The boxes created by horizontal and vertical lines, which might create the lapidary effect of a rock wall, seems to intensify the flow of the lines from left to right, where colors change at the borders. Each "box" both contains a truncated landscape view (defined by color) and extends it by line to connect with its neighbor. The several white circles with differently defined edges read like moons over different prospects. They further complicate not the landscape, but the multiplicity of stratified landscapes layered across the drawing. 

Is it landscape? It's length compared to height makes it technically so. It's an abstract drawing. Is it more? The connected sinuous line that directs itself upward from left to right in the top quadrant forms a horizon, cutting across the entire plane.

Untitled, 1978, lithograph, 30 x 44 1/2 in. Collection Minnesota Museum of American Art. Gift of Northwestern National Bank of Minneapolis. 79.42.14. Courtesy, Minnesota Museum of American Art.

Morrison's 1978 monochromatic lithograph shows some of the same features of the1949 color drawing. One of Morrison's techniques was to make large, long collages of wood. This is a print pulled from such a collage. Like the earlier drawing, there is the tension between close and far away: We might place our hands directly on this surface; perhaps it's a wall that blocks our movement. Or we might be observing an abstract, two-dimensional representation of a faraway space. Again, three-quarters of the way up, Morrison has placed a line that divides the image horizontally. It sits like a high horizon line, suggesting that we consider Above and Below as spaces with different significances.

Morning Storm, Red Rock Variation: Lake Superior Landscape, 1986, acrylic on canvas board, 6 x 11 in. Collection Minnesota Museum of American Art. Acquisition Fund Purchase.  87.17.2. Courtesy, Minnesota Museum of American Art.

Morrison's connection to the landscape of his childhood on the Lake Superior shoreline becomes literal in the horizontal paintings and pastels of his artistically fertile 70s. While the horizon where water and land, or water and sky meet are a constant subject, the energetic and fully engaged explorations of color, materials, and form are of no less interest than the spiritual content. In Morning Storm, Red Rock Variation, above, again he makes us debate about the represented space, giving this miniature, high-surfaced painting the feel of a colossal work. The blocks of color in the bottom section could, as in the others we've seen, be stones in a wall—tactile, immediate, and topped by an edge, until the merging ideas of edge and horizon soften into ambiguity.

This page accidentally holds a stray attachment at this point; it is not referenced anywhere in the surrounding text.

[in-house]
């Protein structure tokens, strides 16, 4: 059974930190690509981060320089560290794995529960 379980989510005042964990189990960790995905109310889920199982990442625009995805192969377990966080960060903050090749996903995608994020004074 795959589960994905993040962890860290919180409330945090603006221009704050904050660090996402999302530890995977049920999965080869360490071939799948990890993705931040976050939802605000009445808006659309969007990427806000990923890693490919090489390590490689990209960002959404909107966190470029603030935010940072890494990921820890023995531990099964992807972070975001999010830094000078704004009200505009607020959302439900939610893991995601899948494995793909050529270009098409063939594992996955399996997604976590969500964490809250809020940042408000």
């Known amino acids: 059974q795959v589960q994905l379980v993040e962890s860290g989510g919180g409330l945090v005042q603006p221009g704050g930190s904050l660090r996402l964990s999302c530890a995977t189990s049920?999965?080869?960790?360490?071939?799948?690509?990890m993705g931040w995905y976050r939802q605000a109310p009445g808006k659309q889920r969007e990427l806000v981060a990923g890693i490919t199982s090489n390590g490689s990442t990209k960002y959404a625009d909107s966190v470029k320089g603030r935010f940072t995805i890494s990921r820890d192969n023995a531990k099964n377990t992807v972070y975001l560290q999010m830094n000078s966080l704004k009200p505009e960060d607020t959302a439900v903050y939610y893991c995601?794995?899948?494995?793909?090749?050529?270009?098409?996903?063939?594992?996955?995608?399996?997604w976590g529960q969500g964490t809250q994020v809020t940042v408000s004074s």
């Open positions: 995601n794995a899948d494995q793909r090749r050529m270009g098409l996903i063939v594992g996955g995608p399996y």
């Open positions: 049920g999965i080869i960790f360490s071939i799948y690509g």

Awakening, Time Edge Rising, Red Rock Variation: Lake Superior Landscape, 1990, acrylic and pastel on paper, 22 3/8 x 30 in. Collection Minnesota Museum of American Art. Museum Purchase. Courtesy of Minnesota Museum of American Art.
Both Awakening, above, and Spirit Path, New Day, which opens this article, were accomplished when Morrison was 71, with another ten years ahead of him. These acrylic and pastel paintings are more impressionistic now than expressionistic. His distribution of color in patches seems to describe the experience of something real, something with stunning sensory impact. These colors are reminiscent of Monet, so there's that art historical connection.

Monet was an explorer of natural light: he did not invent colors, but worked to record what he saw. Using a similar palette, did Morrison do the same? Did he record what he saw at dawn on Lake Superior in different atmospheric conditions? I tend to doubt that that was all there was to it, for what it seems that Morrison recorded throughout his career-long, multi-media work in landscape form was always abstract. He seems not to have been interested in pictorial landscape. Rather, he appears to have been concerned with artistic form and with what one associates with it or embeds in the form. His later landscapes—the ones that are acknowledged as such—are visions really of water and sky, but of water that generates fire, of flaming spirit that unifies heaven and earth. The work is intensely visionary, and those visions may have their roots in the painter's ties to the earth of a Chippewa reservation on Lake Superior and to traditional cultural ideas of the ascendent soul and its powers.

It could be. Perhaps not. Morrison was a Native American and a phenomenal artist. These landscapes seem to be directly linked to places and inspiration from his Native heritage. Morrison was also an American artist of the New York School. His work is linked to significant strands of modern, Western art. In Modern Spirit we see the work of an artist who negotiated the scene—simultaneously present and far away—through his own integrative cultural experience: only his own.


  1. I want to know if he ever carved traditional works. I have a carving,from the 60's Hawk, signed G Morrison.

  2. The catalogue for this show, "Modern Spirit: The Art of George Morrison" shows a few examples of his sculpture in wood and bronze. You may wish to contact the Minnesota Museum of American Art to learn more.